While the Dodgers added nearly $250 million in Boston salaries to take on Adrian Gonzalez in their recent acquisitions, the ownership could take in as much as $8.5 billion when their television contract expires with FOX Sports and KCAL at the end of the 2013 season. As much as some may speculate that this trade came from a fear of the Giants and their acquisition of outfielder Hunter Pence, the long-term speculation is that this is a move to increase the overall franchise value of the Los Angeles Dodgers with a profitable television contract.
When asked about a potential ‘spending limit’ after adding nearly half a billion dollars in salaries in the past month, the Dodgers were quick to explain their unique financial situation.
"I haven't found it yet," Dodgers President Stan Kasten told The Los Angeles Times. "I'll let you know when we get there."
Perhaps the lack of hesitation to spend would be in part because they hope to replicate the success of the YES Network in Los Angeles. This is where the Yankees have generated much of their profit, and where they get the money to sign new marque ballplayers.
Arguably the best way to replicate that success is to put the most entertaining possible team on the field for fans to tune in to. With the addition of Ramirez, Victorino, Crawford, Beckett and Gonzalez, the Dodgers are starting to do exactly that. If the Dodgers feel comfortable spending that money to increase the value of their franchise, what should it matter to the fans?
In a recent column about Jeremy Lin, Grantland writer Jay Kaspian Kang made a very interesting observation that seems to parallel the philosophy of Dodgers ownership.
“We have no idea how much money Jim Dolan stands to lose and how that affects the Knicks' future. And Knicks fans shouldn't care,” Kang wrote. “They should just want the most entertaining, best product on the court. A team with Jeremy Lin is a better product for consumers than a team without Jeremy Lin. That should be 99 percent of every fan's calculation.”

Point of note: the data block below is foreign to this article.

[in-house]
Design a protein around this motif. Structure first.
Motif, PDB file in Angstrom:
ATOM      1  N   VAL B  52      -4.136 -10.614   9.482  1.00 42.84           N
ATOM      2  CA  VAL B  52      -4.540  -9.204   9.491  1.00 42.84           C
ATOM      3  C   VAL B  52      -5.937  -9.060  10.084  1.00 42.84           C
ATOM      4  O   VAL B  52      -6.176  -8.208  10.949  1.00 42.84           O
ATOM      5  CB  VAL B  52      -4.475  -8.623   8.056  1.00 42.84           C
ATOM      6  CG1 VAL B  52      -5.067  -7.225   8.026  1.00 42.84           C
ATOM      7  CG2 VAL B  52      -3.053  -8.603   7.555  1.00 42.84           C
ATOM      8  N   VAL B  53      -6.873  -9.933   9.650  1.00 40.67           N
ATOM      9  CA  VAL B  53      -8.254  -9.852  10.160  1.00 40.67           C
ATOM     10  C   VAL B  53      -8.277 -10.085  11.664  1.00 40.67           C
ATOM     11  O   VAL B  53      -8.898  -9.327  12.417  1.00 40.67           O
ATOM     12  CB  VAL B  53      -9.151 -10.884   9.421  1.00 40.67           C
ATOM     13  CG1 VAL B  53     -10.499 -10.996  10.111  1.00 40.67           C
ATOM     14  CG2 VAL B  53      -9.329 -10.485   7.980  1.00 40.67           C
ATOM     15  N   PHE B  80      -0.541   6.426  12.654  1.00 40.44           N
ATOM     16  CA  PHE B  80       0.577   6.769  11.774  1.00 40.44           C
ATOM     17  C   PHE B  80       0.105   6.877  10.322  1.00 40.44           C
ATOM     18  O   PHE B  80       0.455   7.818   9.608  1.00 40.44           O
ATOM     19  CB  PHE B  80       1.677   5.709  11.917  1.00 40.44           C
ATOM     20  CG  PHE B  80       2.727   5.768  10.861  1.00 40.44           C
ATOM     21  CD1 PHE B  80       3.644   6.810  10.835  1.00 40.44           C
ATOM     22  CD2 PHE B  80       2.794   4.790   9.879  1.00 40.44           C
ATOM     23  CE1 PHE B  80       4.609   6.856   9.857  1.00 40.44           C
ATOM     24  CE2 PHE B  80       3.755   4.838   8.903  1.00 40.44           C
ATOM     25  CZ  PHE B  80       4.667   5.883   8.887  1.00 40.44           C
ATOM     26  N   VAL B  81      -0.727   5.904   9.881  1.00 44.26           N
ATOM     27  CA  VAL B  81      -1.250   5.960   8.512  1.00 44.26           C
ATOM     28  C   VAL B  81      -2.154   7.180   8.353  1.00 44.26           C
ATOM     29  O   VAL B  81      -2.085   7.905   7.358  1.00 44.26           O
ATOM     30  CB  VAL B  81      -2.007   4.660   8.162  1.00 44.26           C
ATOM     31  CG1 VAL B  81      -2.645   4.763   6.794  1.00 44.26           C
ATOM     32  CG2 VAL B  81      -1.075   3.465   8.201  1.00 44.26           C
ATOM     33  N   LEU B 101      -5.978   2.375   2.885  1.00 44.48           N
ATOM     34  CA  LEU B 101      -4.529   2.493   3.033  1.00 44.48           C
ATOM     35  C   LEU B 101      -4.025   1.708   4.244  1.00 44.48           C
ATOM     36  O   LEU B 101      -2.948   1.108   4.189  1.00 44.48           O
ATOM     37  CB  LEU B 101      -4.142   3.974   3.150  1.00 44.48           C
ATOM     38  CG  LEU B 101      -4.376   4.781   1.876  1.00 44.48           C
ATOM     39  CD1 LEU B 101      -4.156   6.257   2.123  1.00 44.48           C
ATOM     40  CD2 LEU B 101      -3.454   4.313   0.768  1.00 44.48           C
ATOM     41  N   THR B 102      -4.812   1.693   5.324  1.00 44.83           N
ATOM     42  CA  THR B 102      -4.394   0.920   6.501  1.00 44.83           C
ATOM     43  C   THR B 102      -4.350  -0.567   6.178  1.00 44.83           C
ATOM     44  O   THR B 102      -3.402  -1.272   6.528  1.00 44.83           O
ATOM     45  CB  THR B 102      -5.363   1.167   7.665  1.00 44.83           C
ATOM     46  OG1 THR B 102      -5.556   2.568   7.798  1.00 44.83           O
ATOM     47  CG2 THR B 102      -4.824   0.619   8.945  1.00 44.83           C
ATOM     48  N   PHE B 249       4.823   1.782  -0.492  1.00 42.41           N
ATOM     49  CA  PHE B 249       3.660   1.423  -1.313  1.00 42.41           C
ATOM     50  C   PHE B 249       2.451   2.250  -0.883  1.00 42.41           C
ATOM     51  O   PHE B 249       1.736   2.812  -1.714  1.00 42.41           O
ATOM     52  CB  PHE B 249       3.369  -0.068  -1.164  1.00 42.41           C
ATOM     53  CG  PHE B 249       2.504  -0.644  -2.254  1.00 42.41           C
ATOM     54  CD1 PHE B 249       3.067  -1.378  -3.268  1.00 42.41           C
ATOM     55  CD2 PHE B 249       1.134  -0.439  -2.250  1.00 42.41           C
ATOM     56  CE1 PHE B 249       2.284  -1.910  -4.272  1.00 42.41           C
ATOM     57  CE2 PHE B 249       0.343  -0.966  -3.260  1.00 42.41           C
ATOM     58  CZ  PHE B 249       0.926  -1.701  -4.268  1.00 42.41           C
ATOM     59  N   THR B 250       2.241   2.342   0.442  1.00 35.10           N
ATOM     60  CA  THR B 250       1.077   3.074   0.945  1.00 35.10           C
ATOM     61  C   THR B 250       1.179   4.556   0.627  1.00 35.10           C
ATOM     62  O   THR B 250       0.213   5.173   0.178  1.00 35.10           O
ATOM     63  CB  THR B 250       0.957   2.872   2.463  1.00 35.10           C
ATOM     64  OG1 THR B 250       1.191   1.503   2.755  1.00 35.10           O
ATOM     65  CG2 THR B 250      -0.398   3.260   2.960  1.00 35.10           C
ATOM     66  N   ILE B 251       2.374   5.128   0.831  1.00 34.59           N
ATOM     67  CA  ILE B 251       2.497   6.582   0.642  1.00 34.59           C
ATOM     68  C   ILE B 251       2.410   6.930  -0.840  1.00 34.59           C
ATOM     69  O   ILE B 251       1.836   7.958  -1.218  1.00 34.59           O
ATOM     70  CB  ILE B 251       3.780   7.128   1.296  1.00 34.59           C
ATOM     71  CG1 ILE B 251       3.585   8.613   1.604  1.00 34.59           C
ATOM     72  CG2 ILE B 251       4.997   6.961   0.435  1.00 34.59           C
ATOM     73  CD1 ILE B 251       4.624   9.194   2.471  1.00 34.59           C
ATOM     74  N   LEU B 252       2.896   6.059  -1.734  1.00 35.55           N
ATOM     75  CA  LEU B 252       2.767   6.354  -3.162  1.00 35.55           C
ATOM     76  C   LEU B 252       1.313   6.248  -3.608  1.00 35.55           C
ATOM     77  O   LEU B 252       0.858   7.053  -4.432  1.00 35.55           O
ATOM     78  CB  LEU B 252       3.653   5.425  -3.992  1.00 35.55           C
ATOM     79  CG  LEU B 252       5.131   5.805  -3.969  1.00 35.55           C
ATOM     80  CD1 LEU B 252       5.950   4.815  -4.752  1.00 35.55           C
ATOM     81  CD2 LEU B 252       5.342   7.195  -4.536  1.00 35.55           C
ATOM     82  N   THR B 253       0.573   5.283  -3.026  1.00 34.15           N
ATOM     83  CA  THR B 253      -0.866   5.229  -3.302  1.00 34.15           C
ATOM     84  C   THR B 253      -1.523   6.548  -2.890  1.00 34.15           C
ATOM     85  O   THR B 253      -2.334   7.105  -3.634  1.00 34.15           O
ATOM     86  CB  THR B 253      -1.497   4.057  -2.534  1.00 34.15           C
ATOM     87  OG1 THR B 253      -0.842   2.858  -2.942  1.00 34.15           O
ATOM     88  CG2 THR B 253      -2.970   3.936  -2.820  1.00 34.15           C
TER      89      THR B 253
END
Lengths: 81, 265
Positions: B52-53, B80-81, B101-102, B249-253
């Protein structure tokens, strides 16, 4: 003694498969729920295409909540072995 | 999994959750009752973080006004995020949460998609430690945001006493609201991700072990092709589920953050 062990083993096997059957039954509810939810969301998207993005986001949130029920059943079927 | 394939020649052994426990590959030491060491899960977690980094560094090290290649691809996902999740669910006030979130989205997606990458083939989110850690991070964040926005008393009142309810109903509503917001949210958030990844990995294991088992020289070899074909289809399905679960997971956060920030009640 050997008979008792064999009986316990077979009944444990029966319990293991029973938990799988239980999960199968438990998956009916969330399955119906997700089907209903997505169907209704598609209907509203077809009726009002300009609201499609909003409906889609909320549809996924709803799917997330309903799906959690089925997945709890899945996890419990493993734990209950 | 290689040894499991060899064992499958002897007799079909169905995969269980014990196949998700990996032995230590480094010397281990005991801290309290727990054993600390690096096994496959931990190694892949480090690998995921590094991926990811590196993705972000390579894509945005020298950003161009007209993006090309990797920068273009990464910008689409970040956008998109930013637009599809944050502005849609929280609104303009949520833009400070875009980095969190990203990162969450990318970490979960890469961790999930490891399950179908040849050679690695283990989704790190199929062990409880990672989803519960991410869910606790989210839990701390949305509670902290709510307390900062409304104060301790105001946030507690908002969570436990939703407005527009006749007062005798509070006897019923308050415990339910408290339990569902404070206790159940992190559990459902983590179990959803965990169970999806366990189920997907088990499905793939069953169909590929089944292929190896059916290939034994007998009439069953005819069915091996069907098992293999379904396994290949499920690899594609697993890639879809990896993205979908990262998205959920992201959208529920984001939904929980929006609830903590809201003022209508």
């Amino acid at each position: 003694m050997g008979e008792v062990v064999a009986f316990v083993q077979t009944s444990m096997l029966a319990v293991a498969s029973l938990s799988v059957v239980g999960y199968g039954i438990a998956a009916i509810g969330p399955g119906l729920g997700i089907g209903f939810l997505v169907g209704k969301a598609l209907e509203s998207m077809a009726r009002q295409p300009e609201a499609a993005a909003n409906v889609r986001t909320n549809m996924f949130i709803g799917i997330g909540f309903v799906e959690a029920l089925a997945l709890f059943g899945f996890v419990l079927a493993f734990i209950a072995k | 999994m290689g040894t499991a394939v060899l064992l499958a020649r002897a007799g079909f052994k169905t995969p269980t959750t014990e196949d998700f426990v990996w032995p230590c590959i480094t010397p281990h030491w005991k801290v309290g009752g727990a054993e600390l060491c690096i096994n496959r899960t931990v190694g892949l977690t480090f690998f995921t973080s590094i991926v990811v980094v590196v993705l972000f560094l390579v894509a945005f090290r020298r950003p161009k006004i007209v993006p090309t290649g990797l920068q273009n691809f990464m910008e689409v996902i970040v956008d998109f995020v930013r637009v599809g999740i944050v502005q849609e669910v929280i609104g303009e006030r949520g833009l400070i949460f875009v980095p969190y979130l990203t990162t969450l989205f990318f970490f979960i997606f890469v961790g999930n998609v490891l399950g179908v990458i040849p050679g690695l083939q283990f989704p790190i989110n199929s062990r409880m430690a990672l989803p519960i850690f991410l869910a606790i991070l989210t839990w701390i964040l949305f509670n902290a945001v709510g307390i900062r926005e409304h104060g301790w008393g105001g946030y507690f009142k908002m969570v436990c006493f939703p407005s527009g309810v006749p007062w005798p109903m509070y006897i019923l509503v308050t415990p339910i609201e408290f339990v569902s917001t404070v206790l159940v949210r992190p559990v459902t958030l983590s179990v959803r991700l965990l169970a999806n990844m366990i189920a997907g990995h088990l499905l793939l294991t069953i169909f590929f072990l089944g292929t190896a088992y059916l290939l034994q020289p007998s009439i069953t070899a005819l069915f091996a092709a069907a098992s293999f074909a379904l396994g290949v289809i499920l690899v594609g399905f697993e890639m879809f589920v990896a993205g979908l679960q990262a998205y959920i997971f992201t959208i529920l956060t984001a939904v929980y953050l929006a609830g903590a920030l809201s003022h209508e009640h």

At its fundamental core, sports are a medium for entertainment. Like all businesses in the entertainment industry, generating revenue is just as important as it would be in the real estate industry. However, entertaining the fans is the ultimate goal for sports ownership.
What’s the single most entertaining thing that a sports franchise can do?
The answer to that is simple: spend enough money in a unique, game-changing way to maximize talent on the field. With an increased interest in the franchise in the region of Southern California comes an increased profit via ticket sales, merchandise and most importantly, a potentially lucrative television contract.
For those wondering how much money Dodgers chairman Mark Walter was talking about when he told the Los Angeles Times that the team could “still take on significant money” in the future, it’s safe to say that it’s quite a bit.
“The Dodgers could start their own regional sports network. In this scenario, they would essentially "sell" the rights to themselves and compete with their jilted suitors. The team would control production, ad and sponsor sales integration, team-related support programming and distribution of its product,” wrote Ed Desser in the Hollywood Reporter.